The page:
Fifteen civilians have been killed in an attack by Boko Haram militants on a border village in southeastern Niger, state television has reported, the latest deadly raid by the Islamist group.
The attack followed two months of calm in the area and took place as Muslims marked Eid al-Adha, the most important holiday of the Islamic calendar.
"We found a dreadful scene, around 15 people had been executed, four of whom were from Nigeria," Hassan Ardo, an official from the Diffa governorate told the Tele Sahel television station.
The attackers had also torched 22 houses, a car and a mill, he said, and left four others wounded.
The station said the attack took place on Thursday night and was carried out by about a dozen armed militants who had arrived on foot at the village on the banks of the Komadougou Yobe river on the border with Nigeria.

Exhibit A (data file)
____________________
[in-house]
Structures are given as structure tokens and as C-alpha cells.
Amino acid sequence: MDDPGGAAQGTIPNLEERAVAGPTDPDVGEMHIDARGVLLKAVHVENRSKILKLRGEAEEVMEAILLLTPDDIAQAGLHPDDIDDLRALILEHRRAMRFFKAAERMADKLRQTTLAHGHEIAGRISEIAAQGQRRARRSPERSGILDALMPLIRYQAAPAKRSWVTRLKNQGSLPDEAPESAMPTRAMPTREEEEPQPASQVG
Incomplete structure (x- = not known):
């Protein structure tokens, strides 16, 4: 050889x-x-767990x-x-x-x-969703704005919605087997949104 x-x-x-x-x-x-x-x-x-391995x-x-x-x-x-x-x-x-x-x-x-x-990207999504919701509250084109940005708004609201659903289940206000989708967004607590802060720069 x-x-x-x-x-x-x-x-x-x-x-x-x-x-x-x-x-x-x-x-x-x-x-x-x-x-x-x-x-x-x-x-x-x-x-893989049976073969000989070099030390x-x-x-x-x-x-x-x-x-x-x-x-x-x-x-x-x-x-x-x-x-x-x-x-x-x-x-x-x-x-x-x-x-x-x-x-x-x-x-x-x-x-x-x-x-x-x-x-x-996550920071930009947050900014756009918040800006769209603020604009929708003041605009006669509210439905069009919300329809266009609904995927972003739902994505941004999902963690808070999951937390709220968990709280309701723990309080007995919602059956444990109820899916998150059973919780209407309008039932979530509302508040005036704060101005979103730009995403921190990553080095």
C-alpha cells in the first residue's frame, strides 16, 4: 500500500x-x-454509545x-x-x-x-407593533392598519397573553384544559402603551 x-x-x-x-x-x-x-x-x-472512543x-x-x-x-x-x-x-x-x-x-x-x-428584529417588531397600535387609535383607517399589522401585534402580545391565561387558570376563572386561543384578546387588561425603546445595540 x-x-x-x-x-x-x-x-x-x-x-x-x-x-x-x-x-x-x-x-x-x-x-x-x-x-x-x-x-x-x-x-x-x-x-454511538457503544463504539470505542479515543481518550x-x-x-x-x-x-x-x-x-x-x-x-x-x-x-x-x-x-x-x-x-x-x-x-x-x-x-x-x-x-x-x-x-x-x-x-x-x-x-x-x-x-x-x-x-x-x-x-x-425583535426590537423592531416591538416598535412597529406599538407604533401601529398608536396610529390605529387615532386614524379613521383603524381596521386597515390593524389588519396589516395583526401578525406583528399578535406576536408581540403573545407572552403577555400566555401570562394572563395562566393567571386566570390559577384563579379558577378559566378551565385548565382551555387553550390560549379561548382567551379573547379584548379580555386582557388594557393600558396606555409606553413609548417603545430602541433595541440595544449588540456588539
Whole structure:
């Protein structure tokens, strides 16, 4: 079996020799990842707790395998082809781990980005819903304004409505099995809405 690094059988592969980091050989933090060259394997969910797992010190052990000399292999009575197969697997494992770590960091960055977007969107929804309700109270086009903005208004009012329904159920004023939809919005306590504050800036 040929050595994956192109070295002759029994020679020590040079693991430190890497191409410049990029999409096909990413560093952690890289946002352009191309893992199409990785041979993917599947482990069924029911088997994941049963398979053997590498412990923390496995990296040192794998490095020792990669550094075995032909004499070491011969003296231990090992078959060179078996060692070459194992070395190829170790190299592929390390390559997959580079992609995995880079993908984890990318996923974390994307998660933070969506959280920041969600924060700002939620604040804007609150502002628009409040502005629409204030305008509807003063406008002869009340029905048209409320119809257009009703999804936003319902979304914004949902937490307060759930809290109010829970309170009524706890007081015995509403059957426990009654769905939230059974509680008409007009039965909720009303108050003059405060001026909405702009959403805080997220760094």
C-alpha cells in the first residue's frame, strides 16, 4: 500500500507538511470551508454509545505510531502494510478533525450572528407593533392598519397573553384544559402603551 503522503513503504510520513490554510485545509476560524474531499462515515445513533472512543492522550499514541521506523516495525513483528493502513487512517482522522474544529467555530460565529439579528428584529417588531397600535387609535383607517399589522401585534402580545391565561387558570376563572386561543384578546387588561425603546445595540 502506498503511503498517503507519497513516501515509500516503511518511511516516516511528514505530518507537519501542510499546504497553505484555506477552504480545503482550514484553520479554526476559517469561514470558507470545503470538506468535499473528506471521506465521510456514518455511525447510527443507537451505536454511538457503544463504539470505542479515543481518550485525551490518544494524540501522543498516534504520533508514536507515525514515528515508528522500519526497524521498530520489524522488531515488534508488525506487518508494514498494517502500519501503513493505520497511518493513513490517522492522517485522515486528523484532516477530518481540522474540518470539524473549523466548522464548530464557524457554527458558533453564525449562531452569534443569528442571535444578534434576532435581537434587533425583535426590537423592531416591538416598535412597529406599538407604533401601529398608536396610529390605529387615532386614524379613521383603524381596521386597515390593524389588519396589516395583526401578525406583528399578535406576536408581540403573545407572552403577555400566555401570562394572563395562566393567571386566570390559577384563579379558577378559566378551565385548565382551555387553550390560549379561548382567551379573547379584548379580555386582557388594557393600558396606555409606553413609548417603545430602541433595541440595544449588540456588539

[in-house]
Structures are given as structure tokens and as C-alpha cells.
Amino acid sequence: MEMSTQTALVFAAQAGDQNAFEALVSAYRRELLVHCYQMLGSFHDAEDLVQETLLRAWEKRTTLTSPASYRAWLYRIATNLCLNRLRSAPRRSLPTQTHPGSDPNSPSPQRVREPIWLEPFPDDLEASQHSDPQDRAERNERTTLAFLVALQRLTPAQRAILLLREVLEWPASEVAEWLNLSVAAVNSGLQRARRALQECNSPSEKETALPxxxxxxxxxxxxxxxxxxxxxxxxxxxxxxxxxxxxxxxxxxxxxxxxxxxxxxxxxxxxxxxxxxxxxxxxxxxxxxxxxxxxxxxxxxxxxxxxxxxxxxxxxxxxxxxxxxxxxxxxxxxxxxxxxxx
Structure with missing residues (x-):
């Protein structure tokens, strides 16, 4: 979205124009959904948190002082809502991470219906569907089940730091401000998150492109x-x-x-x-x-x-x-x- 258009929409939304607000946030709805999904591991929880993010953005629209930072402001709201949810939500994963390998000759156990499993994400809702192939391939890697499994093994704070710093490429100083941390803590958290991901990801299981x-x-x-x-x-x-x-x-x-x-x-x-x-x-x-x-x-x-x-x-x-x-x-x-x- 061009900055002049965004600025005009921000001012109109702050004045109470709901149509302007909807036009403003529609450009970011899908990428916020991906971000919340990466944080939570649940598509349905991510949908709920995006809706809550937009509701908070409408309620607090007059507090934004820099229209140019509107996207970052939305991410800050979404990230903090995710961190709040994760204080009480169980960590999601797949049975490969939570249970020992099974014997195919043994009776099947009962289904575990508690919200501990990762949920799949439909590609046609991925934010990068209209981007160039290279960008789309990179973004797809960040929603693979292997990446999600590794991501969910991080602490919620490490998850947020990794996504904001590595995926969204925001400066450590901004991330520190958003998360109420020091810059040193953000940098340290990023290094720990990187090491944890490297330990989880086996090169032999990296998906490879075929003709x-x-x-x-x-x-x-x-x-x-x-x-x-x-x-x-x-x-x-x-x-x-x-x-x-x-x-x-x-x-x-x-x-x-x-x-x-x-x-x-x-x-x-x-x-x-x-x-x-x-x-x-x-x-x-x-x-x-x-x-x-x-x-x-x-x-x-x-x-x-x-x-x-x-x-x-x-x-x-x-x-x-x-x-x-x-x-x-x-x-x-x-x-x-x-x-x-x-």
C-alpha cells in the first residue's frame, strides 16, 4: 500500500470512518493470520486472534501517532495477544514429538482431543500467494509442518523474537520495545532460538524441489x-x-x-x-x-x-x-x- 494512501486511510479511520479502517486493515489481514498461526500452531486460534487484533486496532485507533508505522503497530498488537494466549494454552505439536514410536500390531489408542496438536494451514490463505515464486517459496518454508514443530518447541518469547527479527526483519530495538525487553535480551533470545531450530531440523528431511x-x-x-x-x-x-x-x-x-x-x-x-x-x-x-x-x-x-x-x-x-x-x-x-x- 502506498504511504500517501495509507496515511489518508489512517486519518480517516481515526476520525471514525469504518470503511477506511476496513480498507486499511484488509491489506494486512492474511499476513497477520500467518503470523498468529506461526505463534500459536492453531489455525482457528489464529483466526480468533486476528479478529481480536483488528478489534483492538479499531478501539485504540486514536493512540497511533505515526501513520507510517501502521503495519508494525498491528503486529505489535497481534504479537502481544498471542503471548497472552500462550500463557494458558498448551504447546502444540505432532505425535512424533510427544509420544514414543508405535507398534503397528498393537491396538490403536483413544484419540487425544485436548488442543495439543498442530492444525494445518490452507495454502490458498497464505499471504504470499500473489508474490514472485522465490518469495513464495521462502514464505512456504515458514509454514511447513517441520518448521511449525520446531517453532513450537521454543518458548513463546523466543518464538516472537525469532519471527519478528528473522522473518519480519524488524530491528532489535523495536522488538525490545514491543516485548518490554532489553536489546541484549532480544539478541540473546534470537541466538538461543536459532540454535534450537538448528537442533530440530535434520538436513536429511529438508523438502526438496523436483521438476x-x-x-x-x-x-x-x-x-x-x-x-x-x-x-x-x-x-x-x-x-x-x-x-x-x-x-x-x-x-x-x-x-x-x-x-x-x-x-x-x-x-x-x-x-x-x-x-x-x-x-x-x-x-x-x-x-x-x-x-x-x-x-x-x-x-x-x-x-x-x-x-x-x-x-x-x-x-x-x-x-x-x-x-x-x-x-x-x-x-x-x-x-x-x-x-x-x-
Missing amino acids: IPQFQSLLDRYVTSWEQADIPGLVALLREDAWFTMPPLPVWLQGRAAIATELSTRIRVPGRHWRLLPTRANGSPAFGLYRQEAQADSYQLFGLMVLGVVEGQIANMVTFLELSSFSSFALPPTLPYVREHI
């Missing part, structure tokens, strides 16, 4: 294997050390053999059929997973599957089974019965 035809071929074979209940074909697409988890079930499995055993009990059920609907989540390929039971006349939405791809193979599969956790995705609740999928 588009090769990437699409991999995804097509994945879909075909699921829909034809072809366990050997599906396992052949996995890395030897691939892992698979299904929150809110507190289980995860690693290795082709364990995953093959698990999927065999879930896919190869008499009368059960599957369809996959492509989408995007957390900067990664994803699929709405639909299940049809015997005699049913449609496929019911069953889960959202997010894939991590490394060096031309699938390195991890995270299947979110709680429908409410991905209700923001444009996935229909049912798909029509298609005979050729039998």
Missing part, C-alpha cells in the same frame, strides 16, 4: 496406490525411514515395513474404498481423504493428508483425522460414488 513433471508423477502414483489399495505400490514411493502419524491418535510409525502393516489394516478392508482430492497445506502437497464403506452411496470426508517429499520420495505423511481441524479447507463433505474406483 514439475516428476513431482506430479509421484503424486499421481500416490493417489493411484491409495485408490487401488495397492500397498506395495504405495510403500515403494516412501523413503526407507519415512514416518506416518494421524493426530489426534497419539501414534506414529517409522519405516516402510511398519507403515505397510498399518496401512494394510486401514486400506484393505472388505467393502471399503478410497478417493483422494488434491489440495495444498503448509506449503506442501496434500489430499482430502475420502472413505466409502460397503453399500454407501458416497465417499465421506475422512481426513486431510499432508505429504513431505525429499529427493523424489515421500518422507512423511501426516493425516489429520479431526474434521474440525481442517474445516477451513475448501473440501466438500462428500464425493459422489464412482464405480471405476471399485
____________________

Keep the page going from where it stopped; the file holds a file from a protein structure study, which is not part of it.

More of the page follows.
One of the victims was the village chief, the Afani private radio station reported.
Niger, whose primary source of foreign income is uranium, has joined a regional military alliance, alongside Chad, Niger and Nigeria, to fight Boko Haram, infamous for mass abductions, village massacres and suicide bombings by women and teenagers.
Since February this year, the southern Diffa region has suffered several deadly Boko Haram raids.
In June, 38 civilians were killed - including 10 children - in a Boko Haram attack targeting two villages close to Diffa.
In July, the Islamists raided Diffa prison in a likely bid to free detained members, killing a guard. The same month Boko Haram militants killed 16 civilians in an attack on a southeastern Niger village.
Diffa lies on the border with northeast Nigeria, where the Islamists have waged a bloody uprising since 2009, leaving at least 15,000 dead and more than two million others homeless.